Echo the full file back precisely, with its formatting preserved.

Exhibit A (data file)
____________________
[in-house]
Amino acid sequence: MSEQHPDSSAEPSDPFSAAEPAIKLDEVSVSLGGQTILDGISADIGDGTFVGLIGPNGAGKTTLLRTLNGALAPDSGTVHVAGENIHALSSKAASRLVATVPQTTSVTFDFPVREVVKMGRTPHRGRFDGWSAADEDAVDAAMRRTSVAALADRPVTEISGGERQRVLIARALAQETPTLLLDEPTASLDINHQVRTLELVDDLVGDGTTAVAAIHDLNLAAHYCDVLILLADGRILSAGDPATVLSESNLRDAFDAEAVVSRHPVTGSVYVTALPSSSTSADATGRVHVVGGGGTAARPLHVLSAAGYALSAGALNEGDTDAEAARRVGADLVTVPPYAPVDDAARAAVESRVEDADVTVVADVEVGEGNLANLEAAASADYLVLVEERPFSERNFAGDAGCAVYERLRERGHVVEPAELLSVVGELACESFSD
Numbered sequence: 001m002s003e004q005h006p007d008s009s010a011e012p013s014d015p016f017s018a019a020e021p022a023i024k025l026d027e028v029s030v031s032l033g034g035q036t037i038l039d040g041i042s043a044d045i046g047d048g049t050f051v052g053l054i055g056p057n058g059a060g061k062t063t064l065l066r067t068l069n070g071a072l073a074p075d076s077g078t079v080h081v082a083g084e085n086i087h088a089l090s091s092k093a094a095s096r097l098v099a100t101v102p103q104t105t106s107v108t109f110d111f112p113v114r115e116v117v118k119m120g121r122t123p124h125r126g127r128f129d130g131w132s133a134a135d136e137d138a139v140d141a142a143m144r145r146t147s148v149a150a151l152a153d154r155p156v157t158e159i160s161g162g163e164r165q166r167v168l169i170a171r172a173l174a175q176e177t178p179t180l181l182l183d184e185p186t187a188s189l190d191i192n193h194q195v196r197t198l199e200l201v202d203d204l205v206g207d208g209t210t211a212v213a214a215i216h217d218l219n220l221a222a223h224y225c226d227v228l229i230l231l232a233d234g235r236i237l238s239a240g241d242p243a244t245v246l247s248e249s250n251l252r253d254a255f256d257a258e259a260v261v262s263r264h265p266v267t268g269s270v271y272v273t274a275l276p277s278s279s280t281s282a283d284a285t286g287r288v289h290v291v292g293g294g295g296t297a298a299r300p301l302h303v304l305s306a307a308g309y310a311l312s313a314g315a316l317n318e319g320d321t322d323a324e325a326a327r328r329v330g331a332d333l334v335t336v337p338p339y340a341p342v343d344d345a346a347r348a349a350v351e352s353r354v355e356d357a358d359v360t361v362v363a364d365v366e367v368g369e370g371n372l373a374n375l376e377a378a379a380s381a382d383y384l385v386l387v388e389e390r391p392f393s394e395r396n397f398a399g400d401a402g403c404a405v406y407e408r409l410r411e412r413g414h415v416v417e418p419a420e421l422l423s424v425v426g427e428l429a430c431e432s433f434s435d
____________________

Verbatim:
[in-house]
Amino acid sequence: MSEQHPDSSAEPSDPFSAAEPAIKLDEVSVSLGGQTILDGISADIGDGTFVGLIGPNGAGKTTLLRTLNGALAPDSGTVHVAGENIHALSSKAASRLVATVPQTTSVTFDFPVREVVKMGRTPHRGRFDGWSAADEDAVDAAMRRTSVAALADRPVTEISGGERQRVLIARALAQETPTLLLDEPTASLDINHQVRTLELVDDLVGDGTTAVAAIHDLNLAAHYCDVLILLADGRILSAGDPATVLSESNLRDAFDAEAVVSRHPVTGSVYVTALPSSSTSADATGRVHVVGGGGTAARPLHVLSAAGYALSAGALNEGDTDAEAARRVGADLVTVPPYAPVDDAARAAVESRVEDADVTVVADVEVGEGNLANLEAAASADYLVLVEERPFSERNFAGDAGCAVYERLRERGHVVEPAELLSVVGELACESFSD
Numbered sequence: 001m002s003e004q005h006p007d008s009s010a011e012p013s014d015p016f017s018a019a020e021p022a023i024k025l026d027e028v029s030v031s032l033g034g035q036t037i038l039d040g041i042s043a044d045i046g047d048g049t050f051v052g053l054i055g056p057n058g059a060g061k062t063t064l065l066r067t068l069n070g071a072l073a074p075d076s077g078t079v080h081v082a083g084e085n086i087h088a089l090s091s092k093a094a095s096r097l098v099a100t101v102p103q104t105t106s107v108t109f110d111f112p113v114r115e116v117v118k119m120g121r122t123p124h125r126g127r128f129d130g131w132s133a134a135d136e137d138a139v140d141a142a143m144r145r146t147s148v149a150a151l152a153d154r155p156v157t158e159i160s161g162g163e164r165q166r167v168l169i170a171r172a173l174a175q176e177t178p179t180l181l182l183d184e185p186t187a188s189l190d191i192n193h194q195v196r197t198l199e200l201v202d203d204l205v206g207d208g209t210t211a212v213a214a215i216h217d218l219n220l221a222a223h224y225c226d227v228l229i230l231l232a233d234g235r236i237l238s239a240g241d242p243a244t245v246l247s248e249s250n251l252r253d254a255f256d257a258e259a260v261v262s263r264h265p266v267t268g269s270v271y272v273t274a275l276p277s278s279s280t281s282a283d284a285t286g287r288v289h290v291v292g293g294g295g296t297a298a299r300p301l302h303v304l305s306a307a308g309y310a311l312s313a314g315a316l317n318e319g320d321t322d323a324e325a326a327r328r329v330g331a332d333l334v335t336v337p338p339y340a341p342v343d344d345a346a347r348a349a350v351e352s353r354v355e356d357a358d359v360t361v362v363a364d365v366e367v368g369e370g371n372l373a374n375l376e377a378a379a380s381a382d383y384l385v386l387v388e389e390r391p392f393s394e395r396n397f398a399g400d401a402g403c404a405v406y407e408r409l410r411e412r413g414h415v416v417e418p419a420e421l422l423s424v425v426g427e428l429a430c431e432s433f434s435d